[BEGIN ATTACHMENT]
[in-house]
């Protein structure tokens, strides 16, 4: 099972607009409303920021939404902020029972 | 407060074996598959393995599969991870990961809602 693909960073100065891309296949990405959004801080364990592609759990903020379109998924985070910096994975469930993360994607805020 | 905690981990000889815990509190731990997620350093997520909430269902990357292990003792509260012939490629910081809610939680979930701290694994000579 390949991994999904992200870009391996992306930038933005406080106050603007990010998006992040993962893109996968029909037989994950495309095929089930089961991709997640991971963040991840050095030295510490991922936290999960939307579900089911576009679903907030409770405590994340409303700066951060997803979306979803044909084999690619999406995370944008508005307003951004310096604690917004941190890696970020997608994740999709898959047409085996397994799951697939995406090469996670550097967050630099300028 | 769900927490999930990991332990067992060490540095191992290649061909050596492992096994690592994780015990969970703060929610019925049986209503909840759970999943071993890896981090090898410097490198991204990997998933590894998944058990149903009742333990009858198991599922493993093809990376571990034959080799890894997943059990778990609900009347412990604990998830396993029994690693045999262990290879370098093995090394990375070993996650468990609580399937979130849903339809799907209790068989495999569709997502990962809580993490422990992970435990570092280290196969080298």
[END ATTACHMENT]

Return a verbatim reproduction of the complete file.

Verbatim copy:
[in-house]
């Protein structure tokens, strides 16, 4: 099972607009409303920021939404902020029972 | 407060074996598959393995599969991870990961809602 693909960073100065891309296949990405959004801080364990592609759990903020379109998924985070910096994975469930993360994607805020 | 905690981990000889815990509190731990997620350093997520909430269902990357292990003792509260012939490629910081809610939680979930701290694994000579 390949991994999904992200870009391996992306930038933005406080106050603007990010998006992040993962893109996968029909037989994950495309095929089930089961991709997640991971963040991840050095030295510490991922936290999960939307579900089911576009679903907030409770405590994340409303700066951060997803979306979803044909084999690619999406995370944008508005307003951004310096604690917004941190890696970020997608994740999709898959047409085996397994799951697939995406090469996670550097967050630099300028 | 769900927490999930990991332990067992060490540095191992290649061909050596492992096994690592994780015990969970703060929610019925049986209503909840759970999943071993890896981090090898410097490198991204990997998933590894998944058990149903009742333990009858198991599922493993093809990376571990034959080799890894997943059990778990609900009347412990604990998830396993029994690693045999262990290879370098093995090394990375070993996650468990609580399937979130849903339809799907209790068989495999569709997502990962809580993490422990992970435990570092280290196969080298």